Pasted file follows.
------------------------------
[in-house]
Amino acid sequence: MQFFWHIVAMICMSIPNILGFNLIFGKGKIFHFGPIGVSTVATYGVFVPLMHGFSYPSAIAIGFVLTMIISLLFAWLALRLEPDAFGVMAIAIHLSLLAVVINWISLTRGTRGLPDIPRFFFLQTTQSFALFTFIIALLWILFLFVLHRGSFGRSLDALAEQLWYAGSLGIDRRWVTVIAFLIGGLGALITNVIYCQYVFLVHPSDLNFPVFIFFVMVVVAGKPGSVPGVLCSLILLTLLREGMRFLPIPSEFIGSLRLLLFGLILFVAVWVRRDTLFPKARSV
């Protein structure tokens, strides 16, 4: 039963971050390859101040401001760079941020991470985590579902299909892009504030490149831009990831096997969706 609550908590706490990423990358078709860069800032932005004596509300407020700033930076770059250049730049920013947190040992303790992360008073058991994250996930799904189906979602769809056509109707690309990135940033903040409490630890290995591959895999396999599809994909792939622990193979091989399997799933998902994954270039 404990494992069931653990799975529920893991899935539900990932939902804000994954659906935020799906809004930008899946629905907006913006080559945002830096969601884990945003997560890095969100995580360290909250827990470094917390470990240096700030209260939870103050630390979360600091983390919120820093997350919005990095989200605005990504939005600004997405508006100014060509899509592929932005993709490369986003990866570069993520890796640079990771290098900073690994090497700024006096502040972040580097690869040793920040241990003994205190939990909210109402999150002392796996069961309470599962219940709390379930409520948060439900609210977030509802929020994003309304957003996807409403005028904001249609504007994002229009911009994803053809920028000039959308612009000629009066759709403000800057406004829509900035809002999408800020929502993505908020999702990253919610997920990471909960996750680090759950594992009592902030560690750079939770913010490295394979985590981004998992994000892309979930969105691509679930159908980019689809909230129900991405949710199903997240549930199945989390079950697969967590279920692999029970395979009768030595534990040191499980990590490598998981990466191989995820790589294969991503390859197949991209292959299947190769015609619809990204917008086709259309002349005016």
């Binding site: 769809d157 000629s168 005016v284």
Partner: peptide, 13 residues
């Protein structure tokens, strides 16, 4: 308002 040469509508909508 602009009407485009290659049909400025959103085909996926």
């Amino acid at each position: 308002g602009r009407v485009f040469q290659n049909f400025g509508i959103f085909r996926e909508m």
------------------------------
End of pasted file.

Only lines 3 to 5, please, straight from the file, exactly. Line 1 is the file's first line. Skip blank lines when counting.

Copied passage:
């Protein structure tokens, strides 16, 4: 039963971050390859101040401001760079941020991470985590579902299909892009504030490149831009990831096997969706 609550908590706490990423990358078709860069800032932005004596509300407020700033930076770059250049730049920013947190040992303790992360008073058991994250996930799904189906979602769809056509109707690309990135940033903040409490630890290995591959895999396999599809994909792939622990193979091989399997799933998902994954270039 404990494992069931653990799975529920893991899935539900990932939902804000994954659906935020799906809004930008899946629905907006913006080559945002830096969601884990945003997560890095969100995580360290909250827990470094917390470990240096700030209260939870103050630390979360600091983390919120820093997350919005990095989200605005990504939005600004997405508006100014060509899509592929932005993709490369986003990866570069993520890796640079990771290098900073690994090497700024006096502040972040580097690869040793920040241990003994205190939990909210109402999150002392796996069961309470599962219940709390379930409520948060439900609210977030509802929020994003309304957003996807409403005028904001249609504007994002229009911009994803053809920028000039959308612009000629009066759709403000800057406004829509900035809002999408800020929502993505908020999702990253919610997920990471909960996750680090759950594992009592902030560690750079939770913010490295394979985590981004998992994000892309979930969105691509679930159908980019689809909230129900991405949710199903997240549930199945989390079950697969967590279920692999029970395979009768030595534990040191499980990590490598998981990466191989995820790589294969991503390859197949991209292959299947190769015609619809990204917008086709259309002349005016």
């Binding site: 769809d157 000629s168 005016v284």
Partner: peptide, 13 residues